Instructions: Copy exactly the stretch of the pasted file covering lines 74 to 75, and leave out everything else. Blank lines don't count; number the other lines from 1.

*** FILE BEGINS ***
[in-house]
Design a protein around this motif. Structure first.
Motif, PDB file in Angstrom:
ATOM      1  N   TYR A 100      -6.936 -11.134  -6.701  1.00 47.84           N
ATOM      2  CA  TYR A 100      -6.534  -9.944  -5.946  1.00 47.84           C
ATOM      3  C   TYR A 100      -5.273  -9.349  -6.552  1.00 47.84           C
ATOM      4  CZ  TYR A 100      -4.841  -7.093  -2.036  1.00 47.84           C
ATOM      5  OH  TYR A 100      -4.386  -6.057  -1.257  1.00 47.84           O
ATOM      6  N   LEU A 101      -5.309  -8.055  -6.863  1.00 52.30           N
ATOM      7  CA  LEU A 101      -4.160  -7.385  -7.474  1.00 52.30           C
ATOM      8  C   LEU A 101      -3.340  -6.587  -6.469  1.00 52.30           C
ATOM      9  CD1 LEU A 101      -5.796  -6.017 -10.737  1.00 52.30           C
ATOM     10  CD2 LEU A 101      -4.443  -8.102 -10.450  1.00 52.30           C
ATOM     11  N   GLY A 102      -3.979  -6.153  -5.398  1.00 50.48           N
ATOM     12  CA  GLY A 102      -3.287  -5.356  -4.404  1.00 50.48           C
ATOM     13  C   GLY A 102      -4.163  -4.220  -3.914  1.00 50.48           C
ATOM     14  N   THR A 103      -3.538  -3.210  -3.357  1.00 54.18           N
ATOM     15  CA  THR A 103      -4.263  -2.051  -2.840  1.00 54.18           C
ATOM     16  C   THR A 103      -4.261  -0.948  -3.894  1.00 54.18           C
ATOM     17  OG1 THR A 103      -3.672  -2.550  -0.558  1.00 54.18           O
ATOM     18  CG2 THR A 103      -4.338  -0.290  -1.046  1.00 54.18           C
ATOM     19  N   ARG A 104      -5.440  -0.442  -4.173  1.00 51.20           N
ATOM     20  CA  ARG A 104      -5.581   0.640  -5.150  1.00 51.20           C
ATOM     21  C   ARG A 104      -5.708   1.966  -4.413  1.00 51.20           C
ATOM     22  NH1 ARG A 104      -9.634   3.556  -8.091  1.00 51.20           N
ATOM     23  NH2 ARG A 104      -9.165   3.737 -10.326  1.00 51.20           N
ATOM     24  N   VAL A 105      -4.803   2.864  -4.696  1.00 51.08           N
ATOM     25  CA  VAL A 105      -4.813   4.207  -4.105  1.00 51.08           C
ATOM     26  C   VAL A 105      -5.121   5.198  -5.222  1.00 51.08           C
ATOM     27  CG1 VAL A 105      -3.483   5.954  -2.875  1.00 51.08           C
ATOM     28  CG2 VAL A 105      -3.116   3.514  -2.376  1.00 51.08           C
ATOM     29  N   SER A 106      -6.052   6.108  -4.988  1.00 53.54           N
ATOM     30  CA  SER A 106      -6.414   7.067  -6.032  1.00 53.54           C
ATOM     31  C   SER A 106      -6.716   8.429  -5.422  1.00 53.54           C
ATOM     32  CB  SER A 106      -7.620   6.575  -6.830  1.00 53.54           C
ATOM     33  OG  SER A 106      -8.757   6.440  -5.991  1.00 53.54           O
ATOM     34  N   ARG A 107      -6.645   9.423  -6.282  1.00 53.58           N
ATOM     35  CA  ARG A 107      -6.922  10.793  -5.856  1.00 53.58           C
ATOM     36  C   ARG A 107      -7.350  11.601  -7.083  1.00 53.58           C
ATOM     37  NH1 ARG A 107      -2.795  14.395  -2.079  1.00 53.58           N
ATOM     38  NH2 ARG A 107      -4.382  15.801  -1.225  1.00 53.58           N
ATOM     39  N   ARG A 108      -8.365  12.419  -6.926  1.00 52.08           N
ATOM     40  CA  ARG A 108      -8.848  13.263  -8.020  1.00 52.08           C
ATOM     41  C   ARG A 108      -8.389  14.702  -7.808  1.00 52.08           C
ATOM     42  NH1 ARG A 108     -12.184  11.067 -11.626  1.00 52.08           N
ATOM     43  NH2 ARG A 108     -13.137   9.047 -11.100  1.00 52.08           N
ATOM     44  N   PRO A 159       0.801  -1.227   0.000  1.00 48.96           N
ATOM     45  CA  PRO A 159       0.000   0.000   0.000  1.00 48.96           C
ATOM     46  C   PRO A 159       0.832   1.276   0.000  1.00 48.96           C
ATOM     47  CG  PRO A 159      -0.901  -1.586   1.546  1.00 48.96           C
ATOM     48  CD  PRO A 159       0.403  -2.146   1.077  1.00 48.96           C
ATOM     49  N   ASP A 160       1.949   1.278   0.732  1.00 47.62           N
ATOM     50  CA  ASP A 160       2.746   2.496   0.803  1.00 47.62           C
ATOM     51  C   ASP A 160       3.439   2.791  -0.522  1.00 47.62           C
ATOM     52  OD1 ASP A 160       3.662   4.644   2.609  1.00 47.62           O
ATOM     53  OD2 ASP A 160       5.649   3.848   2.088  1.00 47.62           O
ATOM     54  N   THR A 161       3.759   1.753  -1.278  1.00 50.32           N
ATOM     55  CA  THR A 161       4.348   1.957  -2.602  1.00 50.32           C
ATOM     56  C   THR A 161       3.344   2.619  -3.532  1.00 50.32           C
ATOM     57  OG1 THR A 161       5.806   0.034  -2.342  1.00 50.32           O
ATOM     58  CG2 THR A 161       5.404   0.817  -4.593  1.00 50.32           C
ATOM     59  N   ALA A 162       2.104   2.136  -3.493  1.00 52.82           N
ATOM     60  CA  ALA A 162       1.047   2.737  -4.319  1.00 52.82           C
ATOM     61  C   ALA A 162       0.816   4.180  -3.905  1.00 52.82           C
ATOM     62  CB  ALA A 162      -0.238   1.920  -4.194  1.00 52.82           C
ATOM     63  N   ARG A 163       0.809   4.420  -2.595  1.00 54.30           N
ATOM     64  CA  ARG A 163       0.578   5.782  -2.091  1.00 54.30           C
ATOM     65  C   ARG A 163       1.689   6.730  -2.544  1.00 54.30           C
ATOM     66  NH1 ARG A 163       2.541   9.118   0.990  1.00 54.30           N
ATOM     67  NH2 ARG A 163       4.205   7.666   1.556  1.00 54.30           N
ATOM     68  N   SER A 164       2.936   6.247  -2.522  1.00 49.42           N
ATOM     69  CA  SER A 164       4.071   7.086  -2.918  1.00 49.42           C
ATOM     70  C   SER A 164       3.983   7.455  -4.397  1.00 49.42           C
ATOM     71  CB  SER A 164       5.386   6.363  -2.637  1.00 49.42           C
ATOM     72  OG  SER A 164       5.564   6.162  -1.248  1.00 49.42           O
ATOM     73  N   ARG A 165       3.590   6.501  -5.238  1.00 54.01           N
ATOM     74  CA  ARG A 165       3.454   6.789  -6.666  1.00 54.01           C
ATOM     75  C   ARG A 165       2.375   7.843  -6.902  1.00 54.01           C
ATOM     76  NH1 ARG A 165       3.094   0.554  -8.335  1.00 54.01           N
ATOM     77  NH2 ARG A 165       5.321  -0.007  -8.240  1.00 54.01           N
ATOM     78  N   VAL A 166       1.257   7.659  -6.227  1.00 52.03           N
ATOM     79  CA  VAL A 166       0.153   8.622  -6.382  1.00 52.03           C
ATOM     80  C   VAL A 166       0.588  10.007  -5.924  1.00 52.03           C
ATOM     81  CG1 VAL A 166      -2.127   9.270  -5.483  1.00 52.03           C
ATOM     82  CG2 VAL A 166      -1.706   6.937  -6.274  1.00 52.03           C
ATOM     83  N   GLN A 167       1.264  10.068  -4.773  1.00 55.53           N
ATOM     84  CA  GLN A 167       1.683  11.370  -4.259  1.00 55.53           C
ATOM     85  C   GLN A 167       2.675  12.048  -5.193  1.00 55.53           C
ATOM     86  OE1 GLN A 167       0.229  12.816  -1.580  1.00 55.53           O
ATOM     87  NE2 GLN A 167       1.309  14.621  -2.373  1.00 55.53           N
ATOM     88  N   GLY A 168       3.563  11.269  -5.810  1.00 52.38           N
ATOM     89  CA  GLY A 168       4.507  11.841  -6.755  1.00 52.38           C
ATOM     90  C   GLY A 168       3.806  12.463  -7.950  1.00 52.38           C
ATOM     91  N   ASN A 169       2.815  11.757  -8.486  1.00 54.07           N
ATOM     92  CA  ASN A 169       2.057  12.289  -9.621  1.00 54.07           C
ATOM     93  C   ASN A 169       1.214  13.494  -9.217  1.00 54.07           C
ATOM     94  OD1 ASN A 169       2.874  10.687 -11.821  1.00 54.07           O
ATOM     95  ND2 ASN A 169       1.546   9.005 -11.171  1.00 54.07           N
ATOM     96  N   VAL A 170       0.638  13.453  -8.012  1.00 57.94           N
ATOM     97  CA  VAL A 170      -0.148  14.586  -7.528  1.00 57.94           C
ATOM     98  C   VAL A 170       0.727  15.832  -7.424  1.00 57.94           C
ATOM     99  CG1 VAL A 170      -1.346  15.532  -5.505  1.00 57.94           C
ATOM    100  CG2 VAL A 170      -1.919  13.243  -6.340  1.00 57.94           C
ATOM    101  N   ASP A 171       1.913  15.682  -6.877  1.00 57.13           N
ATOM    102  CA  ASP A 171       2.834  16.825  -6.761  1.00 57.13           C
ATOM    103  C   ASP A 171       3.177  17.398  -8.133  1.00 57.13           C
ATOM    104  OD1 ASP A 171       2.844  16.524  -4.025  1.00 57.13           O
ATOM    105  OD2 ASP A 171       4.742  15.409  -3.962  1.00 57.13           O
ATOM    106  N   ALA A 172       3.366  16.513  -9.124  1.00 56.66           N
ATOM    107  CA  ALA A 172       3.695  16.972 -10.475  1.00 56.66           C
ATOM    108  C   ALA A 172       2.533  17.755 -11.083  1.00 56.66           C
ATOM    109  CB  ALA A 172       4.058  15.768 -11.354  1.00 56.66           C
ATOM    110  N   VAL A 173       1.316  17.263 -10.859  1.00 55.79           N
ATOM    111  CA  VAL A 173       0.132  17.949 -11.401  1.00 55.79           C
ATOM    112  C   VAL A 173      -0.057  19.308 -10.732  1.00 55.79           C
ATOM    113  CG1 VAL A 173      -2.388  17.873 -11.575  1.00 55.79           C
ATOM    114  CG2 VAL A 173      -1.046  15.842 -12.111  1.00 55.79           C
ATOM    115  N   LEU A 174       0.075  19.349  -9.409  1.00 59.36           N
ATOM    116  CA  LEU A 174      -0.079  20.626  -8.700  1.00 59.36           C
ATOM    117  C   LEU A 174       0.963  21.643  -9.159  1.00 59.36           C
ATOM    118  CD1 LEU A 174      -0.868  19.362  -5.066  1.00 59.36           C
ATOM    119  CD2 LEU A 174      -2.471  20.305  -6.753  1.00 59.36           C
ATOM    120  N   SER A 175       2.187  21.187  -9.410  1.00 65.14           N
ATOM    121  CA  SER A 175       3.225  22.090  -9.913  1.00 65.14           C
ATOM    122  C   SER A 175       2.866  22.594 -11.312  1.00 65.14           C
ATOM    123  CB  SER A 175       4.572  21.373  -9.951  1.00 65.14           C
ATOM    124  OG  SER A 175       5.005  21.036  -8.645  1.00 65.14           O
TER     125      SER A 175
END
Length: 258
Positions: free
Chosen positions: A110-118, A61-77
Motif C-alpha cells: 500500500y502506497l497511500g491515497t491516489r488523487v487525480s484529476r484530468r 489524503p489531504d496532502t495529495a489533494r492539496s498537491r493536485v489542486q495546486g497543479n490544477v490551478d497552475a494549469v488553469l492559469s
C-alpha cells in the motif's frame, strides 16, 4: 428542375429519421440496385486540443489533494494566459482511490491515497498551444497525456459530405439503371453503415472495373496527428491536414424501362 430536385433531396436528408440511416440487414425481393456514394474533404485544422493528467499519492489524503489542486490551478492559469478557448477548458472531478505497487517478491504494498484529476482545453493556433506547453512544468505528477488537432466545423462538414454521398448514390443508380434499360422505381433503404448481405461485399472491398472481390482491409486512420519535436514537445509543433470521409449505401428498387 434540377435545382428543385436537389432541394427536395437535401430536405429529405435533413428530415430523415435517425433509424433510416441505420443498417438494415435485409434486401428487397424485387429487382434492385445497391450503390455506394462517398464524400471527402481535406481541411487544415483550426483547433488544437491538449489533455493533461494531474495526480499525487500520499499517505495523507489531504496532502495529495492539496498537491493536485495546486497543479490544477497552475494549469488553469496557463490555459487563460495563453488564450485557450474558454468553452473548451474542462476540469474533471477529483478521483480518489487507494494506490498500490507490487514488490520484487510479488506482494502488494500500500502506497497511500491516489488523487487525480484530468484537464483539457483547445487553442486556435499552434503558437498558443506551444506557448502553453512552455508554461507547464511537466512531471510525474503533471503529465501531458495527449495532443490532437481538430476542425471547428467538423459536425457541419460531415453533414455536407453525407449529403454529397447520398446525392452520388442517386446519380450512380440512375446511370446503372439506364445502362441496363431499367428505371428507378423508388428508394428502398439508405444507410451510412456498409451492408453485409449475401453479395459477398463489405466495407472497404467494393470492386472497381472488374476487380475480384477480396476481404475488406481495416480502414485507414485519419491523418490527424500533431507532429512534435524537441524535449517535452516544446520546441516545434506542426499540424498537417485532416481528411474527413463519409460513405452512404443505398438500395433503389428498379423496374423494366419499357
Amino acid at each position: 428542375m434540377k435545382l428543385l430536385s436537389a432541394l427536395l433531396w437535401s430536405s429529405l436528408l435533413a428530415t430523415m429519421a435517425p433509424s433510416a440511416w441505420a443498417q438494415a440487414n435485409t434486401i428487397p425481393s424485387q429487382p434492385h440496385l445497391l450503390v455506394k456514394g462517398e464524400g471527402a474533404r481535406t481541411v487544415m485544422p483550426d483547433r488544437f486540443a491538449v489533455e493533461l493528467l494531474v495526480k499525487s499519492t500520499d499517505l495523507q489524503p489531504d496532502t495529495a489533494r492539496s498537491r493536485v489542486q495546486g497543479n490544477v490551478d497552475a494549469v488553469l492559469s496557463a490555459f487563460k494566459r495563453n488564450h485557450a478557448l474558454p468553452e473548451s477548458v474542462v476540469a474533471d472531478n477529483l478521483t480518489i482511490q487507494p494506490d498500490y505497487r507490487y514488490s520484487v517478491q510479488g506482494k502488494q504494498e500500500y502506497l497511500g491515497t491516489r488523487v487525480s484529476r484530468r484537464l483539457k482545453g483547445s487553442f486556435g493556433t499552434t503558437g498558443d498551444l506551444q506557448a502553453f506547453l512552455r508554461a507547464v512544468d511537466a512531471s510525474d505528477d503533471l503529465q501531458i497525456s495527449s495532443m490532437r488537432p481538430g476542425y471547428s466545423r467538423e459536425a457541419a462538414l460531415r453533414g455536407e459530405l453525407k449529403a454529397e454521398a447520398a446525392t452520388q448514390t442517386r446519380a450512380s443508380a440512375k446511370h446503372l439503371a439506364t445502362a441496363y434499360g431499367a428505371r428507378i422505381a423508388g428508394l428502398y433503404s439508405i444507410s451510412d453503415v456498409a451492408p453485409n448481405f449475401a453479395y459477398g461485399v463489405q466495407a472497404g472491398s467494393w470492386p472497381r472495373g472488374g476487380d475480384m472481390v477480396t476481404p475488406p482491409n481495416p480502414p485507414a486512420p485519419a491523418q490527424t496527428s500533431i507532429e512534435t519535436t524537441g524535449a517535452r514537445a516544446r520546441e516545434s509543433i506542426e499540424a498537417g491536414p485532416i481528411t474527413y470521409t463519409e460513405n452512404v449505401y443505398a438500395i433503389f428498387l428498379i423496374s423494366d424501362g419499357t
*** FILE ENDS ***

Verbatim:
ATOM     71  CB  SER A 164       5.386   6.363  -2.637  1.00 49.42           C
ATOM     72  OG  SER A 164       5.564   6.162  -1.248  1.00 49.42           O